Cache-friendly code: experimenting with cache hit and miss in C

I think I said a while ago that I would, one day, make a post about cache-miss and hit in my blog, or maybe not. Anyway, guess what this post is going to be about... Firstly, what is the CPU clock? Putting it in simple terms, it is a regular pulse of energy that keeps the pace of the operations in the CPU, somewhat similar to a drummer in a band: the faster the clock, more operations per second we have. However, this doesn't necessarily mean that we are going to complete every operation in one clock: some operations are more costly than others. For example, retrieving information from the hard drive is very costly in terms of operations - the CPU will request information from the hard drive and wait for hundreds or thousands (I actually don't know how many, but it is way too many) of clock cycles until the information arrives. To avoid using the slow hard-drive too much, we can also store information in DRAM, which is much faster than the hard drive. The DRAM requires less clock cycles to be accessed, however, the storage capacity is much smaller than the hard drive; but even so, if we are smart about it, we can simply put the information that we access often in the DRAM, and the information that we do not access too often in the hard drive. There are more of these layers. Let's put it this way, the layers are: Registers, L1, L2, L3, DRAM, Hard Drive. As we go down this list, we have less speed (more clock cycles required), but more storage space available. CPUs are (typically) capable of accessing the information in its own registers in only one clock cycle - they are super fast, but a CPU may have only one or two dozens of registers available (each one 32-64 bits wide). If we need to fetch additional information, we could just go to the DRAM and fetch it, but modern CPUs have some caches to avoid using the DRAM too much (the DRAM is considerably fast, but it is still incredibly slow compared to registers), these caches are: L1, L2, and L3, and this is how they work: if the CPU does not have the information in the registers and need to fetch it from the DRAM, first it goes to L1 and tries to find it there, if it does not find, it tries in L2, then in L3, and then in the DRAM. These caches are great because they improve the speed which we can retrieve information, but every time we miss a cache (the information is not there), it costs us some cycles - these are cache-misses, and sometimes we can avoid them. I absolutely loved the "baking chocolate chip cookies" analogy posted in this question on Stack Overflow: What is the Cost of an L1 Cache Miss?. Paraphrasing the author:
- Registers are your hands: if an ingredient is in your hands, you can just drop it in the dough.
- L1 is the kitchen counter. If something is not in your hands, it is still fairly quick to get if it is on the counter.
- L2 is the fridge. It is still quick, but you need to walk to the fridge, open it, get stuff out of the way, get the item, close the fridge...
- L3 is your cupboard: it's further away from the fridge, packed with other items, etc.
- DRAM is the corner store: you need to grab your wallet, put on your pants, forget your keys, and walk 5 minutes.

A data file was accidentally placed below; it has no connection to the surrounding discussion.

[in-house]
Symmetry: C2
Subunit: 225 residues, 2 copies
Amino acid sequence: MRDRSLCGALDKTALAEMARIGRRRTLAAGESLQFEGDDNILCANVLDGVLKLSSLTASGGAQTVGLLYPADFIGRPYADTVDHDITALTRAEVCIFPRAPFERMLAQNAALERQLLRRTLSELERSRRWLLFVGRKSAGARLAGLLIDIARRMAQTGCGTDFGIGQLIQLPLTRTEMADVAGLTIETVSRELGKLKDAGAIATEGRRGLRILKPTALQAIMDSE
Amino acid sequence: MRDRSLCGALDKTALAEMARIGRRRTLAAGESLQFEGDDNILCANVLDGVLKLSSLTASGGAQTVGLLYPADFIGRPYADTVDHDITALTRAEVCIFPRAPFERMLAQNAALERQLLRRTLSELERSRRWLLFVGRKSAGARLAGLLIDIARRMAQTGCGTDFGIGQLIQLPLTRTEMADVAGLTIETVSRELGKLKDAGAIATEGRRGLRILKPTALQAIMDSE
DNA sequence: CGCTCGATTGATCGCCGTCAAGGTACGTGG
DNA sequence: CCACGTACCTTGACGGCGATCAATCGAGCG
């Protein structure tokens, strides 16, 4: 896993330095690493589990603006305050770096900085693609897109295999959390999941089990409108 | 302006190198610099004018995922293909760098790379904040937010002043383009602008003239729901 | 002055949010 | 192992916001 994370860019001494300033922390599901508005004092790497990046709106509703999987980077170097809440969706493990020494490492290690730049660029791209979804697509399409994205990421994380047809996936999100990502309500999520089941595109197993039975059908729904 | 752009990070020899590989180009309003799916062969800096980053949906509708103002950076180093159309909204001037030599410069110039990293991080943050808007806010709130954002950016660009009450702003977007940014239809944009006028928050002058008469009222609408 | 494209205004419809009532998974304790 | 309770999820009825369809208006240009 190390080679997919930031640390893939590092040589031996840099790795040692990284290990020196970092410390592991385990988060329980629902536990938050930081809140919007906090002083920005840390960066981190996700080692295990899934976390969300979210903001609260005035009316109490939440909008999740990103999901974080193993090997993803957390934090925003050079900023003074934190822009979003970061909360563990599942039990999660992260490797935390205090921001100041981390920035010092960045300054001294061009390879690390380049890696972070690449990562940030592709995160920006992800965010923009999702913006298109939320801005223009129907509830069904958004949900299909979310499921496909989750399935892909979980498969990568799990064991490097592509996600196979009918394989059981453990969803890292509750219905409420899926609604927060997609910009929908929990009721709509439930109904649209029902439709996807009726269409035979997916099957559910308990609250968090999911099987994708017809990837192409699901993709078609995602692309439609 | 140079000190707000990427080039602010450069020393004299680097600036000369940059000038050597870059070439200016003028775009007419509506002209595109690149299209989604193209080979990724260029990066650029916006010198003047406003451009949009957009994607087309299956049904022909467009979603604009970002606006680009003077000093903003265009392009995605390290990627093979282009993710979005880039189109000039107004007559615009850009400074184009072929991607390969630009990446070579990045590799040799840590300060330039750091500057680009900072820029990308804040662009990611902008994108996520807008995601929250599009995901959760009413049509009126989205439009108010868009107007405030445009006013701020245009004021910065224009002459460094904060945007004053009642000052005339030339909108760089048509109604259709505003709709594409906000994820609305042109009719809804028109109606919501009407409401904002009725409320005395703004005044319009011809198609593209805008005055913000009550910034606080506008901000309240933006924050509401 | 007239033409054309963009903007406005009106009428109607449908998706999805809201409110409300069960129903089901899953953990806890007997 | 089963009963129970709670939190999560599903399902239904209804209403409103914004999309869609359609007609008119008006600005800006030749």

I will go ahead and add another layer: the hard drive is driving to another city to buy your can of beans. It is desirable to always make sure the information is available on cache, although this is not always possible. For example: if we fetch one word from DRAM (called a **memory hit**), it is likely that we will end up requesting something next to it (maybe we are getting a member of a struct, or looping through an array) - what happens then is that not only the information we asked for is recorded in the cache, but also the data around it. For example: let's say I have a cache (just one, no other layers) that can hold 5 integers, and I have the following array in my DRAM: ```c [ 1, 3, 5, 7] ``` If I try to access it, it could be fetched from memory and recorded in my cache: ```c // Cache: { [1, 3, 5, 7], ? } ``` Great. If I tried to loop through this array, the loop would probably be very fast, since all the information would be cached. However, say that our array is 20 elements long, but we still want to loop through the same element (say they are spaced 4 elements apart: ```c [ 1, 0, 0, 0, 0, 3, 0, 0, 0, 0, 5, 0, 0, 0, 0, 7, 0, 0, 0, 0 ] ``` This is a problem, because we cannot fit the whole array in the cache: in this case, an for loop like the one below would cause a cache-miss every iteration: ```c int i; for (i = 0; i < 20; i += 5) //... ``` The solution is obvious (but sometimes hard to do): keep the data as close as possible. We cannot tell the system what to keep in cache - this is out of our control, the best we can do is make it easy to be cached. Here is one example in C: I made a program that holds an array with 10,000 elements, one in series, another scattered in regular intervals: ```c // 1.c #include #include #define ELEMENTS 10000 int main() { int* arr = calloc(ELEMENTS, sizeof(int)); int i; int sum = 0; int iterations = 0; for (i = 0; i < ELEMENTS; i++) arr[i] = 5; for (i = 0; i < ELEMENTS; i++) { sum += arr[i]; iterations++; } printf("Sum: %d; Iterations: %d ", sum, iterations); free(arr); return 0; } ``` ```c // 2.c #include #include #define ELEMENTS 10000 #define INTERVAL 10000 int main() { int* arr = calloc(ELEMENTS * INTERVAL, sizeof(int)); int i; int sum = 0; int iterations = 0; for (i = 0; i < ELEMENTS * INTERVAL; i++) { if (i % INTERVAL == 0) arr[i] = 5; else arr[i] = 0; } for (i = 0; i < ELEMENTS * INTERVAL; i += INTERVAL) { sum += arr[i]; iterations++; } printf("Sum: %d; Iterations: %d ", sum, iterations); free(arr); return 0; } ``` I added a "sum" and a "iterations" counter just to make sure all my numbers are right: the sums should be the same, as well as the number of iterations. Measuring the time that they take to execute is not really what I want (of course the first one is faster - we have way less elements in the array). I want to measure the number of misses both programs have in the cache. For this, I will use the following command: ```bash $ perf stat -B -e cache-references,cache-misses ``` This will tell me the number of hits and misses. I will also use the `-O0` flag for compiling without optimisation (I don't want GCC getting rid of my loops or anything). It is also important to notice that the number of hits and misses will be different every time I execute the program, since what is kept in cache is not really controlled by us. Still, it should be a nice test: ```bash Sum: 50000; Iterations: 10000 Performance counter stats for './1.o': 3,603 cache-references:u 1,056 cache-misses:u # 29.309 % of all cache refs 0.000519530 seconds time elapsed Sum: 50000; Iterations: 10000 Performance counter stats for './2.o': 293,737 cache-references:u 282,754 cache-misses:u # 96.261 % of all cache refs 0.380252259 seconds time elapsed ``` This is a very dramatic difference. If I repeat the test several times, the cache-misses for the first programs float between 20~50%, while the second one always stay above 80%. Now, let's play a little bit with the "interval" of the second program. That number tells how far apart the numbers will be. **Interval of 100,000:** ```bash 2,763,186 cache-misses:u # 97.134 % of all cache refs ``` **Interval of 10,000:** ```bash 278,654 cache-misses:u # 96.303 % of all cache refs ``` **Interval of 1,000:** ```bash 38,180 cache-misses:u # 90.485 % of all cache refs ``` **Interval of 100:** ```bash 3,666 cache-misses:u # 22.485 % of all cache refs ``` Notice that from an interval of 100,000 to 1,000 the cache-misses didn't really improve that much - only a 7% improvement (through several tries). However, when I go from 1,000 to 100, the cache misses suddenly dropped around 70%. Why? It's simple: it doesn't matter if they are 1,000 elements or 100,000 elements far apart: they still don't fit in the cache, and we end up missing most of them. But when we reduce them to 100 elements apart, the array suddenly fits in cache, and we get this huge improvement. This just shows how important it is to keep cache in mind when we design our data structures and algorithms. An iteration like this: ```c for (...) sum += arr[0][0] + arr[0][1] + arr[1][0] + arr[1][1]; ``` Is much more cache-friendly than this: ```c for (...) sum += arr[0][0] + arr[1][0] + arr[0][1] + arr[1][1]; ``` Let's compare what would happen for both, assuming we always put the information we retrieve in cache: **First example** - Fetch the row [0] from memory and put it in cache (memory hit) - Access column [0][0] - Access column [0][1] without a cache-miss - Fetch the row [1] from memory and put it in cache (memory hit) - Access column [1][0] - Access column [1][1] without a cache-miss In total, we had 2 memory hits - times that we had to find things in memory because they were not in cache. **Second example** - Fetch the row [0] from memory and put it in cache (memory hit) - Access column [0][0] - Fetch the row [1] from memory and put it in cache (memory hit) - Access column [1][0] - Fetch the row [0] from memory and put it in cache (memory hit) - Access column [0][1] - Fetch the row [1] from memory and put it in cache (memory hit) - Access column [1][1] Here we had 4 memory hits.